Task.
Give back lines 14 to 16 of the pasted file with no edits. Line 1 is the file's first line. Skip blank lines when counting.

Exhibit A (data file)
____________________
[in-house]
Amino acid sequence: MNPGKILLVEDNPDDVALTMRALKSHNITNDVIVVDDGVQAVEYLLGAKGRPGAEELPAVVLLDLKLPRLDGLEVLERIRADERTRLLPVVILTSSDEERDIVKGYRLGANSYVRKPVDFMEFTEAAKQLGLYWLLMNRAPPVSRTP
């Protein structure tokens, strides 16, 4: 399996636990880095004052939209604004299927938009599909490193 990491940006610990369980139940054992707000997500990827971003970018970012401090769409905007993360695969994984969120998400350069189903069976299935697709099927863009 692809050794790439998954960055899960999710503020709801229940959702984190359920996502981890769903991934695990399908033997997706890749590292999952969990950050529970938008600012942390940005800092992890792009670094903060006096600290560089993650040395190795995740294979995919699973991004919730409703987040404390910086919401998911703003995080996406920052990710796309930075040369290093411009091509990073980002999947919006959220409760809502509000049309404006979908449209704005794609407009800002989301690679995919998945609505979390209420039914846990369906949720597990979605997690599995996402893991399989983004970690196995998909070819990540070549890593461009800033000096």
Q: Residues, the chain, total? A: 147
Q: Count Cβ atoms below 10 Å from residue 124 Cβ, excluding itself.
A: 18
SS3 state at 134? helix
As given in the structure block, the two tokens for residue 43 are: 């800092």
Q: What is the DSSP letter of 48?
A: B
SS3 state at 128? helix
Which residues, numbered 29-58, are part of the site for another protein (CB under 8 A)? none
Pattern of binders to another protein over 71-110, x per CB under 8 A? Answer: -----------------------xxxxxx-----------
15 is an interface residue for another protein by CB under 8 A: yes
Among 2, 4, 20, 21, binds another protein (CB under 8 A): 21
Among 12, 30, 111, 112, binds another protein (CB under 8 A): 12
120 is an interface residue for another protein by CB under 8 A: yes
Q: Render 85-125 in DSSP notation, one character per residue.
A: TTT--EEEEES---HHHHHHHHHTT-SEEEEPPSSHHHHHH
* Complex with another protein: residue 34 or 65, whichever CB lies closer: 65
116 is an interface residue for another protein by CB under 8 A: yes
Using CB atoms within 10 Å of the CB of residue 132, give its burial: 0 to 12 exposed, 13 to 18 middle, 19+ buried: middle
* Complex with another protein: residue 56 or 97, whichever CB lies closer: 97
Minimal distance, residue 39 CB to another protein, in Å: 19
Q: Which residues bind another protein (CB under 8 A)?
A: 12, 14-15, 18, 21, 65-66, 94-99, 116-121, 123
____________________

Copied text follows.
15 is an interface residue for another protein by CB under 8 A: yes
Among 2, 4, 20, 21, binds another protein (CB under 8 A): 21
Among 12, 30, 111, 112, binds another protein (CB under 8 A): 12